This book analyses emerging constitutional principles addressing the regulation of the internet at both the national and the supranational level. These principles have arisen from cases involving the protection of fundamental rights. This is the reason why the book explores the topic thorough the lens of constitutional adjudication, developing an analysis of Courts’ argumentation.
The volume examines the gradual consolidation of a "constitutional core" of internet law at the supranational level. It addresses the European Court of Human Rights and the Court of Justice of the European Union case law, before going on to explore Constitutional or Supreme Courts’ decisions in individual jurisdictions in Europe and the US. The contributions to the volume discuss the possibility of the "constitutionalization" of internet law, calling into question the thesis of the so-called anarchic nature of the internet.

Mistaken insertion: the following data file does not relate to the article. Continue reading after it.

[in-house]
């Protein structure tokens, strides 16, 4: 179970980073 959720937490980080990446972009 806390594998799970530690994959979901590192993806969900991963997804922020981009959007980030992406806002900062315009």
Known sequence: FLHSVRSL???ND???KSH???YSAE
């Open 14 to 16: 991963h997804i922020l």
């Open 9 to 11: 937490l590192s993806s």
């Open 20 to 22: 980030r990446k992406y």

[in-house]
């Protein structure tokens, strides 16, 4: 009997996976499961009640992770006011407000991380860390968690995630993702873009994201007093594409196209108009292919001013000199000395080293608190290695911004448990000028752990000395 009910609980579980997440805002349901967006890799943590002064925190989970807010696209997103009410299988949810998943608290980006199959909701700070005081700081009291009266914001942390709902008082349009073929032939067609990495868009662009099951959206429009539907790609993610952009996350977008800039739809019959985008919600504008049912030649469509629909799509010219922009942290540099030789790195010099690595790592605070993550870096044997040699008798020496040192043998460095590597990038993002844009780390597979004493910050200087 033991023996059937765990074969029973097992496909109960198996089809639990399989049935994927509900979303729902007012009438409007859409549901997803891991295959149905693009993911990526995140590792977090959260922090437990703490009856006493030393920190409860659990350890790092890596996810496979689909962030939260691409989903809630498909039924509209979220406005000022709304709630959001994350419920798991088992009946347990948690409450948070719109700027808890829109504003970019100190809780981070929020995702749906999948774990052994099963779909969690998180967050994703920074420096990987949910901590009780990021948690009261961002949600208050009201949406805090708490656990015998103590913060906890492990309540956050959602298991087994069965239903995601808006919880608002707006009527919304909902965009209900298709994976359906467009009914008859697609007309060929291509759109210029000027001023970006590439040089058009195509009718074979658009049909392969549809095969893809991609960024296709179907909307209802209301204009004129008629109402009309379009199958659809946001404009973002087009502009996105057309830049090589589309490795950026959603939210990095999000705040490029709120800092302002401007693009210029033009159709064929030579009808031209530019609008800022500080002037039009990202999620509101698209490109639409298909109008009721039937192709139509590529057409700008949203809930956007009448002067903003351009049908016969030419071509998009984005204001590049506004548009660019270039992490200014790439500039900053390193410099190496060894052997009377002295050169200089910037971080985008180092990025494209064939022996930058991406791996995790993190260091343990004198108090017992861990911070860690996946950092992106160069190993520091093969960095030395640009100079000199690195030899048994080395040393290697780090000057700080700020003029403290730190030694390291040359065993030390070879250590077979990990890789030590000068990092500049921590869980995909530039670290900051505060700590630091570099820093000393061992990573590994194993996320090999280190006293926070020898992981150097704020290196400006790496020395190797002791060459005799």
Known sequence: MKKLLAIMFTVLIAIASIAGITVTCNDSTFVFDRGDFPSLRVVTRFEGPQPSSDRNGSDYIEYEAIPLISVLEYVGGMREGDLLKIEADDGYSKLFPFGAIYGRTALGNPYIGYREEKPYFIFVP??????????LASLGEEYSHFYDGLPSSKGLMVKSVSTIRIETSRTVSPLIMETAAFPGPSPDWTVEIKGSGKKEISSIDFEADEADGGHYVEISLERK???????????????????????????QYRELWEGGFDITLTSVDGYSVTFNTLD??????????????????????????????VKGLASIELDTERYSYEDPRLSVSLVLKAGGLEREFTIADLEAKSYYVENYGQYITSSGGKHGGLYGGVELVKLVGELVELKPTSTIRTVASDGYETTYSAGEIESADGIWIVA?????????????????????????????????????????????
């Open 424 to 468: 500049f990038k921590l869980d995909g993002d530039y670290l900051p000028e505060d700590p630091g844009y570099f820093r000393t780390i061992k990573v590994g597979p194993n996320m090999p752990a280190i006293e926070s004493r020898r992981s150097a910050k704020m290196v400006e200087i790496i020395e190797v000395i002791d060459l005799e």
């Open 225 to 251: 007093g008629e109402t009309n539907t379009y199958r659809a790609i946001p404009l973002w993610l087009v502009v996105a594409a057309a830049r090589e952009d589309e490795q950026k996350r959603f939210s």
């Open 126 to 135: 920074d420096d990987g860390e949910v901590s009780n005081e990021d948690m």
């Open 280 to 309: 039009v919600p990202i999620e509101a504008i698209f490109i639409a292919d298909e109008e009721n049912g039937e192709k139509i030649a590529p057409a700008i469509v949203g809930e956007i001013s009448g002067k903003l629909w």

TABLE OF CONTENTS
part |68 pages
The theoretical framework and the jurisdiction conundrum in a comparative perspective
part |47 pages
European standards for protection of fundamental rights in the internet
part |133 pages
Models of constitutional adjudication on internet issues: a comparative perspective